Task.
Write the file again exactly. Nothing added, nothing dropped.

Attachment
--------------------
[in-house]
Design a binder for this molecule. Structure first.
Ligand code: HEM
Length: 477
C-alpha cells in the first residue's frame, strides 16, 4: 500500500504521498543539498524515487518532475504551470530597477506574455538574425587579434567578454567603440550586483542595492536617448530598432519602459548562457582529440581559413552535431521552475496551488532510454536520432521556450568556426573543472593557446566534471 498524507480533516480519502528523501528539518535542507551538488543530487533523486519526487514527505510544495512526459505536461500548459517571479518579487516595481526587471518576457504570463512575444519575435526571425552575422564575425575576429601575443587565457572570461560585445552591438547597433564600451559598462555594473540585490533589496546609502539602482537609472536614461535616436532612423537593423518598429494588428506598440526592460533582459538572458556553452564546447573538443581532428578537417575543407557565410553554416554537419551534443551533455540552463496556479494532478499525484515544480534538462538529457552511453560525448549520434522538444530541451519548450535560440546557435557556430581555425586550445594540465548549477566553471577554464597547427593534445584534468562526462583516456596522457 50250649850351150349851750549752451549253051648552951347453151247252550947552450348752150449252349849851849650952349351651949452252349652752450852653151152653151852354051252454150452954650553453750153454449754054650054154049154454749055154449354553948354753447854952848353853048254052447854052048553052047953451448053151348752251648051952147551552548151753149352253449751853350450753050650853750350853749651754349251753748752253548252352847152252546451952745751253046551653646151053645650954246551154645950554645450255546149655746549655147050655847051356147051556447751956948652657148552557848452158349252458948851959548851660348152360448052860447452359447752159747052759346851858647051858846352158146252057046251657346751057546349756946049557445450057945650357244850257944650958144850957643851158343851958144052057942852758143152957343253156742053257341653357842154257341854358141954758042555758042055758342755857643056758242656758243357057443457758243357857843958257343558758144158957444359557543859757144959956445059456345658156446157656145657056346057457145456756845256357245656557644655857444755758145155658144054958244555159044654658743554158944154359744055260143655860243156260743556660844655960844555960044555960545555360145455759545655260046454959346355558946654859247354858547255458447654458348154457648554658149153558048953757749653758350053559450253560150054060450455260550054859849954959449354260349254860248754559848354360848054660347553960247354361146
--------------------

[in-house]
Design a binder for this molecule. Structure first.
Ligand code: HEM
Length: 477
C-alpha cells in the first residue's frame, strides 16, 4: 500500500504521498543539498524515487518532475504551470530597477506574455538574425587579434567578454567603440550586483542595492536617448530598432519602459548562457582529440581559413552535431521552475496551488532510454536520432521556450568556426573543472593557446566534471 498524507480533516480519502528523501528539518535542507551538488543530487533523486519526487514527505510544495512526459505536461500548459517571479518579487516595481526587471518576457504570463512575444519575435526571425552575422564575425575576429601575443587565457572570461560585445552591438547597433564600451559598462555594473540585490533589496546609502539602482537609472536614461535616436532612423537593423518598429494588428506598440526592460533582459538572458556553452564546447573538443581532428578537417575543407557565410553554416554537419551534443551533455540552463496556479494532478499525484515544480534538462538529457552511453560525448549520434522538444530541451519548450535560440546557435557556430581555425586550445594540465548549477566553471577554464597547427593534445584534468562526462583516456596522457 50250649850351150349851750549752451549253051648552951347453151247252550947552450348752150449252349849851849650952349351651949452252349652752450852653151152653151852354051252454150452954650553453750153454449754054650054154049154454749055154449354553948354753447854952848353853048254052447854052048553052047953451448053151348752251648051952147551552548151753149352253449751853350450753050650853750350853749651754349251753748752253548252352847152252546451952745751253046551653646151053645650954246551154645950554645450255546149655746549655147050655847051356147051556447751956948652657148552557848452158349252458948851959548851660348152360448052860447452359447752159747052759346851858647051858846352158146252057046251657346751057546349756946049557445450057945650357244850257944650958144850957643851158343851958144052057942852758143152957343253156742053257341653357842154257341854358141954758042555758042055758342755857643056758242656758243357057443457758243357857843958257343558758144158957444359557543859757144959956445059456345658156446157656145657056346057457145456756845256357245656557644655857444755758145155658144054958244555159044654658743554158944154359744055260143655860243156260743556660844655960844555960044555960545555360145455759545655260046454959346355558946654859247354858547255458447654458348154457648554658149153558048953757749653758350053559450253560150054060450455260550054859849954959449354260349254860248754559848354360848054660347553960247354361146